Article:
and question edward snowden. germany wants to know how extensive the spying of the national security agency was. and berlin officials want snowden to show him the original documents that he has leaked. >>> in his weekly address, president obama talked about the need to pass a budget that includes spending on education and research. he said a budget shouldn't be cut just for the sake of cutting. >> remember our deficits are getting smaller, not bigger. on my watch they are falling at the fastest pace in 60 years. that gives us room to fix our long term debt problems without sticking it to young people or undermining our bedrock retirement and health security programs. >> house and senate budget negotiators want to divert a new round of cuts. >>> if you want to go online to check on the affordable health care plans tonight you're out of luck. the health insurance website is off line until tomorrow morning. a technology team will be working on >>> there is no reason for wine lovers to panic. there were 300 million cases last year. down 5% from the year before. it's the lowest level since the 1960s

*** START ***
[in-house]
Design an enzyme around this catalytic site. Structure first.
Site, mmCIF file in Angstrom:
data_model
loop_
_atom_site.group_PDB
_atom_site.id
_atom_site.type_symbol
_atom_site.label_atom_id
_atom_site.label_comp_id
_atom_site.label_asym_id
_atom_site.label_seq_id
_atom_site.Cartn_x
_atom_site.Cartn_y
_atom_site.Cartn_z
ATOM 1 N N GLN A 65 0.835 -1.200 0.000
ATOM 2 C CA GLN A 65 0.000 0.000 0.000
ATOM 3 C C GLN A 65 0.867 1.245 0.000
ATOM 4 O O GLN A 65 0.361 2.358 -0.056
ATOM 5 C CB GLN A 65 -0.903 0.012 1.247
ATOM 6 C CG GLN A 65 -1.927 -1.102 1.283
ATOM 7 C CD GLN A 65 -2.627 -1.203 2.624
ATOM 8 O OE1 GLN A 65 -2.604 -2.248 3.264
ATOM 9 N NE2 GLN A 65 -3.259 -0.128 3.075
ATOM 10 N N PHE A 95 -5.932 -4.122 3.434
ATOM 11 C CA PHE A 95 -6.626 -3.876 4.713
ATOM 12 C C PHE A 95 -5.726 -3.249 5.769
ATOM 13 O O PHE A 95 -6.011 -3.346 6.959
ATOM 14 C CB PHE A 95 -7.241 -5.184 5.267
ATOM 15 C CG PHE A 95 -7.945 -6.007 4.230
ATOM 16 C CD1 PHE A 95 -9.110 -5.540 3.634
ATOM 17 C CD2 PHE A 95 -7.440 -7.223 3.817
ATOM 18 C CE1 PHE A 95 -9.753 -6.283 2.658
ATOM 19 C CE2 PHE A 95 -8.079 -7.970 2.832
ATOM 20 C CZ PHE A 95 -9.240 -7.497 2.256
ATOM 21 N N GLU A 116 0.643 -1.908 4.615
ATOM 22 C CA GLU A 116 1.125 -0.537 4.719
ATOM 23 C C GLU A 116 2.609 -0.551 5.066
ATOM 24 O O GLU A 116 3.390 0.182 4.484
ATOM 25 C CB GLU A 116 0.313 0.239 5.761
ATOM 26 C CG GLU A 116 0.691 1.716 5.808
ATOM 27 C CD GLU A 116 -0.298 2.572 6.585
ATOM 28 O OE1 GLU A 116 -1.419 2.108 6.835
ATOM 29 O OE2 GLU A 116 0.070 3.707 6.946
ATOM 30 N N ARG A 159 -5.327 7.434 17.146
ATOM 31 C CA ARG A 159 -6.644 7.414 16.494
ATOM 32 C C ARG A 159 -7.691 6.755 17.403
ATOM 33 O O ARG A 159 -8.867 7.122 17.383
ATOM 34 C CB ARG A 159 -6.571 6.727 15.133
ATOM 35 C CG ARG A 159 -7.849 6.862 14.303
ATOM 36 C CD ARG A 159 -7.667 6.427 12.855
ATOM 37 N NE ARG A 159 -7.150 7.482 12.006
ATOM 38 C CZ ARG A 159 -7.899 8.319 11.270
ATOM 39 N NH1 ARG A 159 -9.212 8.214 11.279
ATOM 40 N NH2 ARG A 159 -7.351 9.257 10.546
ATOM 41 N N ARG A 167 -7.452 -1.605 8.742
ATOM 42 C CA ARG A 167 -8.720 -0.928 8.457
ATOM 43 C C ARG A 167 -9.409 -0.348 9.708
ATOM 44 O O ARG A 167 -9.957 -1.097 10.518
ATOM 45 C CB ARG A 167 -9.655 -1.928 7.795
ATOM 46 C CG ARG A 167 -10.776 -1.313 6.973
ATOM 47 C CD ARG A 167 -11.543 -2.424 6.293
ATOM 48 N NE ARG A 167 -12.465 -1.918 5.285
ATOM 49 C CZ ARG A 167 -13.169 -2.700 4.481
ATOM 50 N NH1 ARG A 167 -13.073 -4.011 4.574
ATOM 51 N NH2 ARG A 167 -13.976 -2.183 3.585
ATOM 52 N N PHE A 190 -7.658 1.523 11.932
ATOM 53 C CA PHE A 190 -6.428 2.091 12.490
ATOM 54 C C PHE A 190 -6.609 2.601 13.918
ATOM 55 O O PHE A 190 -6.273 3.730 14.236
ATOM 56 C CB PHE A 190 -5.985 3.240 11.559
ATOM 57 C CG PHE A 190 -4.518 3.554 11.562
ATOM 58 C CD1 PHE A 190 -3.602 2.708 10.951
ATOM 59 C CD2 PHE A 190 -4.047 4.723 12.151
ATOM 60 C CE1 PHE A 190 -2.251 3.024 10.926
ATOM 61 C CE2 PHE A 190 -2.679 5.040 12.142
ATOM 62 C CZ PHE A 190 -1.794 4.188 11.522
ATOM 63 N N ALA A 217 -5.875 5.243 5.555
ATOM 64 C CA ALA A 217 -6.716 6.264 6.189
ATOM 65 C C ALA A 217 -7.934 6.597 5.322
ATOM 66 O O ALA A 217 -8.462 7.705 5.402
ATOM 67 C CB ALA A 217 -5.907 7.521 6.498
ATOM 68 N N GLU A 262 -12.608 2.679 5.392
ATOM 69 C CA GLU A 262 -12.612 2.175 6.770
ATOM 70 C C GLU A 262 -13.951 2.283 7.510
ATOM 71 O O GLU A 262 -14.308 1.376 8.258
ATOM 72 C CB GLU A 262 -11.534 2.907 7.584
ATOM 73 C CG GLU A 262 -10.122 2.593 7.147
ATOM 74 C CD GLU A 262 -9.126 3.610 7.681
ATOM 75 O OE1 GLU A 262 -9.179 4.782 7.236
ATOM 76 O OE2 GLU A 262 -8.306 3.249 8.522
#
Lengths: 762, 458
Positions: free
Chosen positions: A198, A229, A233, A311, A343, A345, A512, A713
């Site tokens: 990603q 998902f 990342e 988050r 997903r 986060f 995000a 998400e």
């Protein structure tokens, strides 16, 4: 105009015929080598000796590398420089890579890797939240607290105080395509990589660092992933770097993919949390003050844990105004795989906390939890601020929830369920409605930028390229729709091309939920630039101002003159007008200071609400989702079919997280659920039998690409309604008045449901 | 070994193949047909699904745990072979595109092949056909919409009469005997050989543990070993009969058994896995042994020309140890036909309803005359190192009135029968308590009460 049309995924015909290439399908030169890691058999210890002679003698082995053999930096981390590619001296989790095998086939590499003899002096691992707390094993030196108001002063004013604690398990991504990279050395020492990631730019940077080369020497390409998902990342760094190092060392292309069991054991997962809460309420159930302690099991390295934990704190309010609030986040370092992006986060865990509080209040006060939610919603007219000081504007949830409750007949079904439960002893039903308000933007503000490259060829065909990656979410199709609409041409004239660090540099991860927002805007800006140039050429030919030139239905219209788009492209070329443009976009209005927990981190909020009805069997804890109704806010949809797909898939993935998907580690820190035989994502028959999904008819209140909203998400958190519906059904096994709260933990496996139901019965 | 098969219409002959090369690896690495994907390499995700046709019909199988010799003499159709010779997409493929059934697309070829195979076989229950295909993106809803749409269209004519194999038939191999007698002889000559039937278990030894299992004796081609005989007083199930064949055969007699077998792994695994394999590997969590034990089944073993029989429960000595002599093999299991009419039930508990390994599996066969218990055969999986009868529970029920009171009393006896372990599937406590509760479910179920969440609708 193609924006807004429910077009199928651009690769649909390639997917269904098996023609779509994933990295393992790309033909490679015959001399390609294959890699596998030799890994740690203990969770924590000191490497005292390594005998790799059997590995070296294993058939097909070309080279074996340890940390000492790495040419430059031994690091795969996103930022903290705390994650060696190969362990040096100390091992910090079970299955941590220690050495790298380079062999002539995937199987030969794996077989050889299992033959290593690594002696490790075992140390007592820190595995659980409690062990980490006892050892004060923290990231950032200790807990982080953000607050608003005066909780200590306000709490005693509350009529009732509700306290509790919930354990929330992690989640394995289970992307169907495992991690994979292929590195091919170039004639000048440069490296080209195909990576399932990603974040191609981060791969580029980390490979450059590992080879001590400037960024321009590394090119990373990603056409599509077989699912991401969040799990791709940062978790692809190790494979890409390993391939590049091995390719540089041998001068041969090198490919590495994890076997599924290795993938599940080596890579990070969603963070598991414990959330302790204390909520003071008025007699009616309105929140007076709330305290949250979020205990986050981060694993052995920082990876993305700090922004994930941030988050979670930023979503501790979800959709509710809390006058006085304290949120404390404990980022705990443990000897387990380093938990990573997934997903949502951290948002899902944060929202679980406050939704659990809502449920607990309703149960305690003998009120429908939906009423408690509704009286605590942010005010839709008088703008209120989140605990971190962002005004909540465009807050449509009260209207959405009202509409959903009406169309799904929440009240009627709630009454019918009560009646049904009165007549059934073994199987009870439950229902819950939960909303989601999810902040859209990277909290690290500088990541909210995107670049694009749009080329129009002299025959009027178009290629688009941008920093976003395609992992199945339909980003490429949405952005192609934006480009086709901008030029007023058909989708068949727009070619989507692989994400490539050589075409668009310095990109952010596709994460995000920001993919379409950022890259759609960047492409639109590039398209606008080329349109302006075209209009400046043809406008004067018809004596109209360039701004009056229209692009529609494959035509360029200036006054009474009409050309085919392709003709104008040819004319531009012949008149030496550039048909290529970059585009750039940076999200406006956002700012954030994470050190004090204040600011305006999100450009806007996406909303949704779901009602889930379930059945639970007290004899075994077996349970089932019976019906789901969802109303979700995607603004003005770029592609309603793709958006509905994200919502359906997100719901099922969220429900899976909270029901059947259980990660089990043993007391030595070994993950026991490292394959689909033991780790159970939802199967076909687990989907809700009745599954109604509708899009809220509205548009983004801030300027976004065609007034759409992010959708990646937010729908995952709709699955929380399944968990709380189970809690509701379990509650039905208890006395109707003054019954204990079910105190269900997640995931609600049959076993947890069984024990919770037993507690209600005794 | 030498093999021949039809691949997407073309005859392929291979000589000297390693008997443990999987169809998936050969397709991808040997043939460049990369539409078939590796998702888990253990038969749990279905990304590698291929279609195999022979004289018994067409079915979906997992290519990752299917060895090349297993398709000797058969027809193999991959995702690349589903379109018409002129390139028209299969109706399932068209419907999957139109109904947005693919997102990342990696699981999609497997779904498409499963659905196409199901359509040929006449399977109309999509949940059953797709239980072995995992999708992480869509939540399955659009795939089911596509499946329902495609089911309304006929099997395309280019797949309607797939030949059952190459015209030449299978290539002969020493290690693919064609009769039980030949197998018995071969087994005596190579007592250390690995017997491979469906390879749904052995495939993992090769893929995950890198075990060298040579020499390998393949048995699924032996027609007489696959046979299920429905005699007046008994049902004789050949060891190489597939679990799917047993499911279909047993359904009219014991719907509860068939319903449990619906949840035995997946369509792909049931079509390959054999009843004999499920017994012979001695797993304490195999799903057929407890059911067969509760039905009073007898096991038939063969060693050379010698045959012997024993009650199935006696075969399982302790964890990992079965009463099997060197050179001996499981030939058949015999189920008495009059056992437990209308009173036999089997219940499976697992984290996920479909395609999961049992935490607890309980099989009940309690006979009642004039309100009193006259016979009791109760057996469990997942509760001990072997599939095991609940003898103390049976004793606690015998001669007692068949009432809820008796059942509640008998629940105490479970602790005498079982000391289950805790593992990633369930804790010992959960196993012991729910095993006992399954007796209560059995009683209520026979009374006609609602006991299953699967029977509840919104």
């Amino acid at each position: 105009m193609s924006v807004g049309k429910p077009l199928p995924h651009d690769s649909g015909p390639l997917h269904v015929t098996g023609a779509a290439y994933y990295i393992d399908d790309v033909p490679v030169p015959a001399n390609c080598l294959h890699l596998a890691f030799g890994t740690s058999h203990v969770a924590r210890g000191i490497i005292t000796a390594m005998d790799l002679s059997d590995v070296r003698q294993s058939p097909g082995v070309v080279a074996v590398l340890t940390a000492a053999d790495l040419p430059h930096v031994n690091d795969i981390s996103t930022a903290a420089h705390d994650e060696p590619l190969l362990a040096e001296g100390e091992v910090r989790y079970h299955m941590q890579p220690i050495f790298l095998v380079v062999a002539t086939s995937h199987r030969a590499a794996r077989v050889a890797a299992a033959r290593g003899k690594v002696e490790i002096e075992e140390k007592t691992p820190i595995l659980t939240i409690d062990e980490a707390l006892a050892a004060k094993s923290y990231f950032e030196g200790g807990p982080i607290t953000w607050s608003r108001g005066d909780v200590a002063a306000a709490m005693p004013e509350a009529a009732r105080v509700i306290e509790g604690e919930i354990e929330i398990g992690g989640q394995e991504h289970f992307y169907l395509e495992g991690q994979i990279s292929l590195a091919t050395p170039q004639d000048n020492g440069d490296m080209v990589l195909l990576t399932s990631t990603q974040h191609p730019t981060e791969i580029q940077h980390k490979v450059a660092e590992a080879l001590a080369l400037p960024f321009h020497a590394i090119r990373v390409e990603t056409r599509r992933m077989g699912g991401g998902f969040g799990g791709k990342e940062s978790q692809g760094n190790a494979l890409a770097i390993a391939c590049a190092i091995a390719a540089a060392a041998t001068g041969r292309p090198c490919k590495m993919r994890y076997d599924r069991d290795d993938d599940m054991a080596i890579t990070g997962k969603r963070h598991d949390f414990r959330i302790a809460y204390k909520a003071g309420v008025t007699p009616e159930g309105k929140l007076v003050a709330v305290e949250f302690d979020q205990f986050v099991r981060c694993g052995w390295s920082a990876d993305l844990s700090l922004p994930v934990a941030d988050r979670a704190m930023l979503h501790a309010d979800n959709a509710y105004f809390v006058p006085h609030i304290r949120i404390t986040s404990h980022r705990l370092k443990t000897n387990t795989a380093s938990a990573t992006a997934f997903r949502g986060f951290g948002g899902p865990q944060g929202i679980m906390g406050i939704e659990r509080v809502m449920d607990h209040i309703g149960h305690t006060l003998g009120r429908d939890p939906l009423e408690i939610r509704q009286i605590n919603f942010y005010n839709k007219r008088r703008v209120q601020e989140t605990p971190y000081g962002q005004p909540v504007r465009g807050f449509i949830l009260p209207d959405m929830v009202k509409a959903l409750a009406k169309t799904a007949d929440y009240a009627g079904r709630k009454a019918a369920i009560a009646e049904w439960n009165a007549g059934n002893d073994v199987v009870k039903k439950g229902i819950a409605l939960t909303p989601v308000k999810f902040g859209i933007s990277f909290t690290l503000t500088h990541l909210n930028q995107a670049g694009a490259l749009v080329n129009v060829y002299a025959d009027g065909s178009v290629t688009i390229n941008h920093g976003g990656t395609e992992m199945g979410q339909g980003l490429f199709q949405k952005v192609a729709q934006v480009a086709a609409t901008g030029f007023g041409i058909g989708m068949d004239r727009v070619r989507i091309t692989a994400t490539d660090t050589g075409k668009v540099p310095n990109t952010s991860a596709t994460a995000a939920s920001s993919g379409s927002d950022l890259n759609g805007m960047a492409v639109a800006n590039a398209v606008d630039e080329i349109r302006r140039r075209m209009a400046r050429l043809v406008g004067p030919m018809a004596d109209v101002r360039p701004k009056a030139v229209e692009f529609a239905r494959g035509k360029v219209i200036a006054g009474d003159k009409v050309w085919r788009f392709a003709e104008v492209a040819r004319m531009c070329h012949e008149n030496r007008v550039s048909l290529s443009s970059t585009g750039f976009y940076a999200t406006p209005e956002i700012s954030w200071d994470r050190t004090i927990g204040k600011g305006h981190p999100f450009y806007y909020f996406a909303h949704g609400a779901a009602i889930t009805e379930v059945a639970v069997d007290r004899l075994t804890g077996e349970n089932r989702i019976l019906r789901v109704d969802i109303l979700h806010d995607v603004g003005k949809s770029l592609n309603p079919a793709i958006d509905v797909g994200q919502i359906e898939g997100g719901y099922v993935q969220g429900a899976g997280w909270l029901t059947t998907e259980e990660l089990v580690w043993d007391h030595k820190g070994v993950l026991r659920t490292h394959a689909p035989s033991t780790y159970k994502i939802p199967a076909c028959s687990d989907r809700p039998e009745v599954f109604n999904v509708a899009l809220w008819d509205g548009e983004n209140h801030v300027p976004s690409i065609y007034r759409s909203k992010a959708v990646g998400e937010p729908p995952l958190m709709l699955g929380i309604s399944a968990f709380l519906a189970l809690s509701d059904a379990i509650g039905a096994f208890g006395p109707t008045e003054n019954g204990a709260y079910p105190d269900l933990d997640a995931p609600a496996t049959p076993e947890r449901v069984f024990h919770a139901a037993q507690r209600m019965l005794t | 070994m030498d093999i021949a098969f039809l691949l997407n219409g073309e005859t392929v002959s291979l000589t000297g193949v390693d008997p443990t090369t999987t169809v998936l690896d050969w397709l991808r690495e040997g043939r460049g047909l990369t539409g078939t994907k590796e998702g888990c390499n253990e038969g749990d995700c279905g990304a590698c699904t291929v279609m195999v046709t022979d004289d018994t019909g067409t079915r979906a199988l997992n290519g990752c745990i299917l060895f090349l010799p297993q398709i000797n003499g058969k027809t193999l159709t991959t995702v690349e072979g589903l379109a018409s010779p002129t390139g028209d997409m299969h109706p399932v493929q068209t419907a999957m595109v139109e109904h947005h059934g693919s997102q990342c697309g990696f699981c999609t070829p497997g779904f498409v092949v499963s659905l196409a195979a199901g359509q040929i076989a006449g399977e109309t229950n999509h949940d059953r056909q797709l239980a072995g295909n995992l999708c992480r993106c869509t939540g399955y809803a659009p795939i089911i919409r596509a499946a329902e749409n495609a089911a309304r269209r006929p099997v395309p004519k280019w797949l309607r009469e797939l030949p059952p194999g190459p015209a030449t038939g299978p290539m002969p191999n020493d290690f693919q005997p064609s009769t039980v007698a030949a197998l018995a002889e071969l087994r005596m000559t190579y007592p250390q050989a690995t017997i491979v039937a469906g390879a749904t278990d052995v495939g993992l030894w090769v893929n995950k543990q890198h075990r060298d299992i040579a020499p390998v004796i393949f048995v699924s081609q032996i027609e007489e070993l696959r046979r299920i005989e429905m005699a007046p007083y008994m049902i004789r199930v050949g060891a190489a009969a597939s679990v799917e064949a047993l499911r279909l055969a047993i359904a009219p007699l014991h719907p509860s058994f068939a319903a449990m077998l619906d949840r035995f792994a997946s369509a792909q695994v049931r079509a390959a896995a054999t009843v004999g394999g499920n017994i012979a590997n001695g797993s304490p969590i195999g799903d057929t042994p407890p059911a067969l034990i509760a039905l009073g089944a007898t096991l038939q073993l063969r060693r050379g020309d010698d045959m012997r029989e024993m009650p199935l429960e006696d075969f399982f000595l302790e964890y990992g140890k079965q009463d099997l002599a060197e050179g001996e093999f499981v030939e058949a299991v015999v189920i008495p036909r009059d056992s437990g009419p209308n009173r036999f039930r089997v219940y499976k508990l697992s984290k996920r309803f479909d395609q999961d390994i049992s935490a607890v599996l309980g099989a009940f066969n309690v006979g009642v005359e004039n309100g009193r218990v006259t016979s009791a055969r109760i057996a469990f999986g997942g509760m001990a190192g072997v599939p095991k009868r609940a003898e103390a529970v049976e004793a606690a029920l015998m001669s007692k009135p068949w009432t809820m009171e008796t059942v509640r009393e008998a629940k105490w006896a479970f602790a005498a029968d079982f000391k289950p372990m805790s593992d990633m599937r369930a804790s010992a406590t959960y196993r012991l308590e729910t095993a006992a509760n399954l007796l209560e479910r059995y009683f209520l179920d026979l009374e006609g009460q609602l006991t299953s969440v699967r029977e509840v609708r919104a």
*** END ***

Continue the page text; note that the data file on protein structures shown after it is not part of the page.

the national security agency has done what many people thought could not be done. the nsa has cracked the powerful encryption which protects bank transfers and medical records and trade secrets as they travel through cyberspace. "the new york times" says the nsa treats its recent successes in deciphering protected information as among its most closely guarded secrets which is why then nsa won't talk to us about kriping to ra if i but martin has been arguing with and working with the nsa since 1975. thank you for being with us this morning. let me ask, and i understand you have no special way of peeking inside the nsa. these encryption standards, i always heard it would take 100 computers 100 years to break the sort of encryption standards we use today. am i wrong? >> it's complicated. the basic standard known as the advanced encryption standard, it would take millions of computers millions of years to break, but it's how you implement it. it's like if you have a resettable combination lock with let's say four digits and you set it to one, two, three, four, that will be real easy to s
Search Results 0 to 8 of about 9 (some duplicates have been removed)